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MANAGEMENT OF HUMAN RESOURCES
It is our people who will ensure we can meet the challenge of transforming the ABS to better engage with partners, develop responsive processes, make the best use of modern technologies, and be a high performing and accountable organisation. Preparing our people for the future will enable us to work towards achieving our vision. Human resource (HR) management is a critical function within the agency. The ABS needs employees who:
As at 30 June 2016, there were 3,586 operative and inoperative staff (60 of these are unpaid inoperative staff) employed at the ABS under the Public Service Act 1999: 1,711 males and 1,875 females.
There were also 3,482 staff employed to assist with data collection under Regulation 3 of the Statistics Regulations, and appointed as authorised officers under Section 16 of the Census and Statistics Act 1905. Of these, 3,039 were Census Field Officers and 443 were household survey interviewers.
The following tables show the profile of ABS staff by employment classification and sex, and by location and type of employment for operative and paid inoperative staff. Staff employed under the Australian Bureau of Statistics Act 1975 (interviewers and Census field staff), and 60 unpaid inoperative staff are excluded from the tables.
EMPLOYMENT CLASSIFICATION BY SEX AND EMPLOYMENT TYPE, 30 JUNE 2015 & 2016 (a)(b)
(b) Excludes the Australian Statistician (Statutory appointment).
NUMBER OF ABS STAFF BY LOCATION, EMPLOYMENT TYPE AND STATUS, AT 30 JUNE 2015 & 2016 (a)(b)
(b) Excludes the Australian Statistician (Statutory appointment).
NUMBER OF ABS SES OFFICERS BY LEVEL, SEX AND YEAR (a)
At 30 June 2016 there were 19 women in the ABS Senior Executive Service (SES), representing 46.3% of the total number of ABS SES officers.
ABS WORKFORCE STRATEGY 2015-19
The ABS recognises that our people are essential to successfully realising our transformation goals and achieving our vision and objectives. To deliver our ambitious transformation agenda, we are changing our culture, driving high performance, and building capability.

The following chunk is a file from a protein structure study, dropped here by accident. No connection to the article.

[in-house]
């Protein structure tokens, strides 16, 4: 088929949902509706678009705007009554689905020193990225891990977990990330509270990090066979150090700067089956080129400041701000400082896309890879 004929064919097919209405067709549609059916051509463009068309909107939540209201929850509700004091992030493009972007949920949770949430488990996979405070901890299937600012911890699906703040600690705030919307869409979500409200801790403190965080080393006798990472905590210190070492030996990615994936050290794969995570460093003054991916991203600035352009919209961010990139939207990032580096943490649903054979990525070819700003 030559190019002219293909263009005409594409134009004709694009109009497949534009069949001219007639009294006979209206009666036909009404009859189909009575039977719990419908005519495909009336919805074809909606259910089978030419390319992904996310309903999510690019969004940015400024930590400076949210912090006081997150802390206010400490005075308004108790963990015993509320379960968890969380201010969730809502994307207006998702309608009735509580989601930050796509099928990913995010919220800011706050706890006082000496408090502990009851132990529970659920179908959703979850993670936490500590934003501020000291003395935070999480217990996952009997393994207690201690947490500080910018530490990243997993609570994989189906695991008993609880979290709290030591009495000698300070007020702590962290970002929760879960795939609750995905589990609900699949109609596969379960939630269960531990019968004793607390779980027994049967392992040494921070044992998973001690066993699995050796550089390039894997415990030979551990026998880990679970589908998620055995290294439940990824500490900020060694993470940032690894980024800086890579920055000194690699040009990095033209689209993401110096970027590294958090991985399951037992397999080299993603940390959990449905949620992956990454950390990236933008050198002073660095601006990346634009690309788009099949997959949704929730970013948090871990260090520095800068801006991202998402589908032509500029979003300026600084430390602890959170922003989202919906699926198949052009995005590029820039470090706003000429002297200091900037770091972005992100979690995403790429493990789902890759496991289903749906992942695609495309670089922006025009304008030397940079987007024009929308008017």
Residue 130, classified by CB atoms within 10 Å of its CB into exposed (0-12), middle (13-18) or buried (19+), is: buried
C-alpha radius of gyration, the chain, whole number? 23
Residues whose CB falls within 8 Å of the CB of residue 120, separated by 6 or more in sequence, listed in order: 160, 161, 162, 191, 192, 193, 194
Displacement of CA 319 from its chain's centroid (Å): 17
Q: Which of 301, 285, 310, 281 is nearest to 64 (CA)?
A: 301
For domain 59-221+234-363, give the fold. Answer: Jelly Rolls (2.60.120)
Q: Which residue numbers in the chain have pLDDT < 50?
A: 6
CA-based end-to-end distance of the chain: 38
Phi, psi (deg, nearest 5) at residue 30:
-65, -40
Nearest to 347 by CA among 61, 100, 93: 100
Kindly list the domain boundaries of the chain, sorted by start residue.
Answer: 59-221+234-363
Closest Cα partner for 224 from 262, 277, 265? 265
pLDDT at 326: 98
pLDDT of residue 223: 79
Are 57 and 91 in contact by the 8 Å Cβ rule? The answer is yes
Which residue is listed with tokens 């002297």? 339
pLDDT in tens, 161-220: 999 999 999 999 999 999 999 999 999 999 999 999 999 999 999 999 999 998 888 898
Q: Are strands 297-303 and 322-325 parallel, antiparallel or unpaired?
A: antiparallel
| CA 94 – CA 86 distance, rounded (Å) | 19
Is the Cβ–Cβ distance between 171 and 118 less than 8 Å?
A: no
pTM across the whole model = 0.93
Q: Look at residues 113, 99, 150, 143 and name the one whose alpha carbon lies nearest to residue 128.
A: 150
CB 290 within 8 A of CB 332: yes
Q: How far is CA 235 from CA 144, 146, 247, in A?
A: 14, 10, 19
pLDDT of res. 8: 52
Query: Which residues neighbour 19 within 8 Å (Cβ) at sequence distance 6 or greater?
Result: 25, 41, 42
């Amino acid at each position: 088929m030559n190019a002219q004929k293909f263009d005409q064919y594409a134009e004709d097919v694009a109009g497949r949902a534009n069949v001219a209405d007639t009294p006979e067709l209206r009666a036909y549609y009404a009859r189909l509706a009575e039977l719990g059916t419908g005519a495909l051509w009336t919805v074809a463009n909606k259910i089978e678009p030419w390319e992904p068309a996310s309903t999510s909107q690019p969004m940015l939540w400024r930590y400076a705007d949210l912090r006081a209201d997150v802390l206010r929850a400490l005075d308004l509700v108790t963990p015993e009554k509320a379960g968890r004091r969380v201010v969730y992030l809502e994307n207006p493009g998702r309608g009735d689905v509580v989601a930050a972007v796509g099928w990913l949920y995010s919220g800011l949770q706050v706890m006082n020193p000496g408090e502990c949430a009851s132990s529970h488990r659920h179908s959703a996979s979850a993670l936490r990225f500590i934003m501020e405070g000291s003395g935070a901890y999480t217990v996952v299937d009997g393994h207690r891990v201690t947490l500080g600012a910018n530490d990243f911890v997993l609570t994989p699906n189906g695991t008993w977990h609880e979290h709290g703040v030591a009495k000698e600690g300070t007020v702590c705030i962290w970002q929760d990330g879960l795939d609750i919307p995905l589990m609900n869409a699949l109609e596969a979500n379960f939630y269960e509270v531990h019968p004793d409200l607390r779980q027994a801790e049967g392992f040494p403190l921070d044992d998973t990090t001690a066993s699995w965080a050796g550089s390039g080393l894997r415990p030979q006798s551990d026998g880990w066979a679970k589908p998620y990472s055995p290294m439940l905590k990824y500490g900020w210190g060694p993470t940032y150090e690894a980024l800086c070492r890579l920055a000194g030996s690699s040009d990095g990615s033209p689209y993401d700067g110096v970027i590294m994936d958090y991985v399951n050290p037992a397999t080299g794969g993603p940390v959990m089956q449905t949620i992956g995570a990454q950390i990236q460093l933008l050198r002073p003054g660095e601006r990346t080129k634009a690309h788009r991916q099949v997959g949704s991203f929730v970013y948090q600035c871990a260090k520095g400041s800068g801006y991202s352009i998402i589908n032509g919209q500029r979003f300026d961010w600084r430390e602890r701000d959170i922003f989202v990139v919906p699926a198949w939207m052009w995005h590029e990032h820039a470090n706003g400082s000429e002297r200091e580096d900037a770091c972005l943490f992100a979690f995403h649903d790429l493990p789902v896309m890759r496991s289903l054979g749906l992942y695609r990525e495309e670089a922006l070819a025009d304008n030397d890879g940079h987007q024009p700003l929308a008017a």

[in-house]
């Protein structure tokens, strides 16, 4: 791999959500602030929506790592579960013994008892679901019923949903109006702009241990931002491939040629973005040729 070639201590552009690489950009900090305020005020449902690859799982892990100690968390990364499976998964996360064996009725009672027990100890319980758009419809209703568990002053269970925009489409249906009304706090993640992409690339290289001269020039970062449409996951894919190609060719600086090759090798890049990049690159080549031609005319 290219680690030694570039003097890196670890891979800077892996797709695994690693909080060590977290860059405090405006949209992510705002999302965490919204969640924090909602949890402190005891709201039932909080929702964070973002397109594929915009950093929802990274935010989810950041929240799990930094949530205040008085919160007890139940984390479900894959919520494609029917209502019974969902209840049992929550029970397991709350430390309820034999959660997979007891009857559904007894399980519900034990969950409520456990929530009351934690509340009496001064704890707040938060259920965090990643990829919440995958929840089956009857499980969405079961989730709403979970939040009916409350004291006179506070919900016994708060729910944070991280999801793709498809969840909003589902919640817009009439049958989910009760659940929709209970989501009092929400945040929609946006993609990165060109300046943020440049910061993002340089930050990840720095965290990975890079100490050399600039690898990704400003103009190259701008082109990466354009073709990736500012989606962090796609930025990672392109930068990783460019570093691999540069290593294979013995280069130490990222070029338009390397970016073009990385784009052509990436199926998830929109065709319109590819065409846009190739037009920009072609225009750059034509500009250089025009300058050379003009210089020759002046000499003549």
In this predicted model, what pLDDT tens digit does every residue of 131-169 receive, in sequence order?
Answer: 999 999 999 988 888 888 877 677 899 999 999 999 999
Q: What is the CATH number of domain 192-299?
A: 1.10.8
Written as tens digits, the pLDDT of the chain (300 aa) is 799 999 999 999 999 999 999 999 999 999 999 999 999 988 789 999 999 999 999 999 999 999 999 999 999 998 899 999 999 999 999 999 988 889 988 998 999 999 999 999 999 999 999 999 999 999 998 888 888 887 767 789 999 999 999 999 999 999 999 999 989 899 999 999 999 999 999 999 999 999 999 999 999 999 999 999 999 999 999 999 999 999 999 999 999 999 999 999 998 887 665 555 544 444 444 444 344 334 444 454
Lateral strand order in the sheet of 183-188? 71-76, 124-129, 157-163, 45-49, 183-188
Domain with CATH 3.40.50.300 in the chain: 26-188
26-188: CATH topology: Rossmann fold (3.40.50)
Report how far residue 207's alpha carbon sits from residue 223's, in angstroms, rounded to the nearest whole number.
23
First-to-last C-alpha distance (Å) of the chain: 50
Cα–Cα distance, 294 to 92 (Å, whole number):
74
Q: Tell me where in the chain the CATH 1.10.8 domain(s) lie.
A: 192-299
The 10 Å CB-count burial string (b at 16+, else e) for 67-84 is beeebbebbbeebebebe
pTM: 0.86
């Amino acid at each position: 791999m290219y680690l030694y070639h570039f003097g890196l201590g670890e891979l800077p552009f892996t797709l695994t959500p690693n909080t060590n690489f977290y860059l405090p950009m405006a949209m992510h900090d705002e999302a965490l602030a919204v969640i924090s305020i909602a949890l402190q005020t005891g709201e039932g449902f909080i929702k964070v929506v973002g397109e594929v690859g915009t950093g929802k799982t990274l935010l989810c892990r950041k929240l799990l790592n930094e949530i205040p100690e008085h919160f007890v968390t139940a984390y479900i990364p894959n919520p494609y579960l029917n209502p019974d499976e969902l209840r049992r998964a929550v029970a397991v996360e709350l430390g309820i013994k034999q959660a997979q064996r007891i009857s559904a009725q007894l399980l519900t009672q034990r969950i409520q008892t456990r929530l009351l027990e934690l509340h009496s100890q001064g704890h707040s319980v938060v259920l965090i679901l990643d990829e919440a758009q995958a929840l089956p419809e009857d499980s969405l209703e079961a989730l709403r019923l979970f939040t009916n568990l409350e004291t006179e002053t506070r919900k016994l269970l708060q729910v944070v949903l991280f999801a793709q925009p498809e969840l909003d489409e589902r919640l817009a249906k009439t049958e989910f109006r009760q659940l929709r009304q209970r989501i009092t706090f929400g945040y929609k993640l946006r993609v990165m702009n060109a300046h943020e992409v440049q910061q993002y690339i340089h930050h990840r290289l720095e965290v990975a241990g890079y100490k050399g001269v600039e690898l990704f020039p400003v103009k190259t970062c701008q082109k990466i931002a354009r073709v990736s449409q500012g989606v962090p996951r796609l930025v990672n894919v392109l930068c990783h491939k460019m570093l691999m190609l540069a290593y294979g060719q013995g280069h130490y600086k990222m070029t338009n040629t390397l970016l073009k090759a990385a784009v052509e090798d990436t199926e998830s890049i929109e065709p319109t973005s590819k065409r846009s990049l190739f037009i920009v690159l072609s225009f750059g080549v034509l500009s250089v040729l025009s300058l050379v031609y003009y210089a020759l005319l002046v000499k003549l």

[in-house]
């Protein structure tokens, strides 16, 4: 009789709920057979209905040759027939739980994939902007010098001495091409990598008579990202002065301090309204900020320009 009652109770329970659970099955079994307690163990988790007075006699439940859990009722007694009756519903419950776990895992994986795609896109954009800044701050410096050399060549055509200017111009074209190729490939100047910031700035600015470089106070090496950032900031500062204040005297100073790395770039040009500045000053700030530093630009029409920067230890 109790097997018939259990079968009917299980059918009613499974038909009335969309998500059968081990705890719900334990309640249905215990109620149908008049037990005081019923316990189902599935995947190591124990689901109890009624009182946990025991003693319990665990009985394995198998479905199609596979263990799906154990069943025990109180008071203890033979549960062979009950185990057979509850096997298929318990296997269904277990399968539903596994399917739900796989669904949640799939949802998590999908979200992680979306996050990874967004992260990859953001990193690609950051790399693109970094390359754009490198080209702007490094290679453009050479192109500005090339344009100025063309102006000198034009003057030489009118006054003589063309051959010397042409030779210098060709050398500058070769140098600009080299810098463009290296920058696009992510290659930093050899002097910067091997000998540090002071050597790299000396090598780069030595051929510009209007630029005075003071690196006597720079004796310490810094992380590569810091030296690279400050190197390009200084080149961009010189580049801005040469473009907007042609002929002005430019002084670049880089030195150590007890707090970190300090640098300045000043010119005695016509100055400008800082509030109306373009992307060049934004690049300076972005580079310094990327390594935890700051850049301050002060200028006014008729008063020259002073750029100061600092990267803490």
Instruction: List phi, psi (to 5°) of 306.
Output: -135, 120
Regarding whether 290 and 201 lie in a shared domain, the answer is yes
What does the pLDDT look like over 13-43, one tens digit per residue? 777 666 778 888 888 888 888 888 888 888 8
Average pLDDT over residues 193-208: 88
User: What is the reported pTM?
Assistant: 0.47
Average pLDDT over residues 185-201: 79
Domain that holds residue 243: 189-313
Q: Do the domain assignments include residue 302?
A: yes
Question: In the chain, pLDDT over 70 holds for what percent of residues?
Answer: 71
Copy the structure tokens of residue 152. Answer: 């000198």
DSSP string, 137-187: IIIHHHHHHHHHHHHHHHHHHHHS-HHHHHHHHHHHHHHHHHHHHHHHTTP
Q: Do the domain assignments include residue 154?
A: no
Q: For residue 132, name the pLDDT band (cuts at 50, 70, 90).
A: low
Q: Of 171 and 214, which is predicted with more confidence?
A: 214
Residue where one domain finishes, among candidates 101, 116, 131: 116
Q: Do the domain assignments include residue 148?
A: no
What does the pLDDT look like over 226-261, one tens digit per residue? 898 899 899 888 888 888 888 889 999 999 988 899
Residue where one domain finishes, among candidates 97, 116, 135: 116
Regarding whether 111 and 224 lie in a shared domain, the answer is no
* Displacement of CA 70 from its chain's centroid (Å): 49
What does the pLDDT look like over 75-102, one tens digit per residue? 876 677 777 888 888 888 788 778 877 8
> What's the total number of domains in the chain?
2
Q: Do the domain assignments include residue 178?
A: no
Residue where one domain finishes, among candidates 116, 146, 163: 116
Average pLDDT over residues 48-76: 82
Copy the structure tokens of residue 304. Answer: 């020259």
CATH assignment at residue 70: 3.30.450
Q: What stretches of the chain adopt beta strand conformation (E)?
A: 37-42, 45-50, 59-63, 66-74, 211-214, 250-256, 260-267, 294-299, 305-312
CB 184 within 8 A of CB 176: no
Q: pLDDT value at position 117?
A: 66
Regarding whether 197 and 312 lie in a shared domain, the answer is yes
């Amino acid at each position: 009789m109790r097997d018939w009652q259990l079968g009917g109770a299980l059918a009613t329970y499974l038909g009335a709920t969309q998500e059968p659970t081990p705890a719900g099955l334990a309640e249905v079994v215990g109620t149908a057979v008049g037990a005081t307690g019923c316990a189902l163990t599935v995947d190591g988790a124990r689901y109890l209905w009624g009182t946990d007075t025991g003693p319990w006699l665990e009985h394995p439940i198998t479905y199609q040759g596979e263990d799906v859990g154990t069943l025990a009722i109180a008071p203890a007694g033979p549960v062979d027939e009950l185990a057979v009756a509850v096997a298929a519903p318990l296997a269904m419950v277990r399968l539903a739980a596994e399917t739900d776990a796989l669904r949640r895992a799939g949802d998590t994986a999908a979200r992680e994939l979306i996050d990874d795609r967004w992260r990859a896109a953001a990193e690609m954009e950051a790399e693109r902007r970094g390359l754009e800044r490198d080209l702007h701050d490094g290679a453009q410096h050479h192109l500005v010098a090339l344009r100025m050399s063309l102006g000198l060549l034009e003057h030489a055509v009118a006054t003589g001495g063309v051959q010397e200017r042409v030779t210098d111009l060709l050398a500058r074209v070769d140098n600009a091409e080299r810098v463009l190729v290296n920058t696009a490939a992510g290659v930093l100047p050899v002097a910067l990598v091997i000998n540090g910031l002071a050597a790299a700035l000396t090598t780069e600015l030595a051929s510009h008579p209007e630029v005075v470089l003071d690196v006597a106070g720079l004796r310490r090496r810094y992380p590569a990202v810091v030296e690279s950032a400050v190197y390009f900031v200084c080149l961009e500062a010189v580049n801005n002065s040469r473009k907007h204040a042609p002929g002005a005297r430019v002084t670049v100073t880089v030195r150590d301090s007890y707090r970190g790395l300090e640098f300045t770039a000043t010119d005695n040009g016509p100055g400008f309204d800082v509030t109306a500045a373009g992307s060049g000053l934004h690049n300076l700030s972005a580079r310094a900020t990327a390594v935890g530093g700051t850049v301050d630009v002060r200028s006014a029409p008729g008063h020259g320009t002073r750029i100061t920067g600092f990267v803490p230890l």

The ABS Workforce Strategy 2015–19 provides a five-year strategic outlook for transforming our workforce through driving high performance. It is aligned with the ABS Corporate Plan 2015–19, and focuses exclusively on the workforce (our people and culture) elements of transformation.
The ABS Workforce Strategy 2015–19 is implemented through annual ABS People and Culture Action Plans, which set out the national operational strategies and actions to progress us towards our desired outcomes.
The four high-level strategies outlined in the ABS Workforce Strategy 2015–19 are delivering our transformation agenda by:
WORKPLACE DIVERSITY AND INCLUSION IN THE ABS
The ABS is committed to creating workplaces that are accessible and inclusive for all staff. The ABS recognises that valuing our employee diversity and capitalising on their unique perspectives and talents encourages an innovative, productive and fulfilling workplace that will continue to attract and retain employees and make the ABS an employer of choice.
The following plans form the ABS Workplace Diversity Program:
These plans are integrated with the ABS People and Culture Action Plan 2015–16 and the ABS Workforce Strategy 2015–19. Actions that support delivery focus on:
In addition, the ABS demonstrated its commitment to access and equity through the ABS Agency Multicultural Plan 2013–15 (ABS cat. no. 1012.0), which has been replaced by the new Government requirements as set out in the revised Multicultural Access and Equity Policy.
WORKPLACE DIVERSITY ACTION PLAN
Through the ABS Workplace Diversity Action Plan 2013–2017, we will continue our commitment to identifying and addressing barriers to inclusion that may be experienced by some people in our community and workforce. The Workplace Diversity Action Plan 2013–2017 sets out four key strategies:
RECONCILIATION ACTION PLAN
The ABS is committed to reconciliation. The ABS leads and coordinates statistical activity involving and relating to Aboriginal and Torres Strait Islander peoples.
The ABS Reconciliation Action Plan 2013–2016 sets out actions the ABS will take to:
NUMBER OF ABORIGINAL AND TORRES STRAIT ISLANDER PEOPLES EMPLOYED IN THE ABS, 2015–16 (a)
DISABILITY REPORTING MECHANISM
Since 1994, Commonwealth non-corporate entities have reported on their performance as policy adviser, purchaser, employer, regulator and provider under the Commonwealth Disability Strategy. In 2007–08, reporting on the employer role was transferred to the Australian Public Service Commission (APSC) State of the Service Report and the APS Statistical Bulletin. These reports are available at www.apsc.gov.au. From 2010–11, entities have no longer been required to report on these functions.
The Commonwealth Disability Strategy has been overtaken by the National Disability Strategy 2010–2020, which sets out a ten-year national policy framework to improve the lives of people with disability, promote participation and create a more inclusive society. A high level two-yearly report will track progress against each of the six outcome areas of the Strategy and present a picture of how people with disability are faring. The first of these reports was made available in late 2014, and can be found at www.dss.gov.au.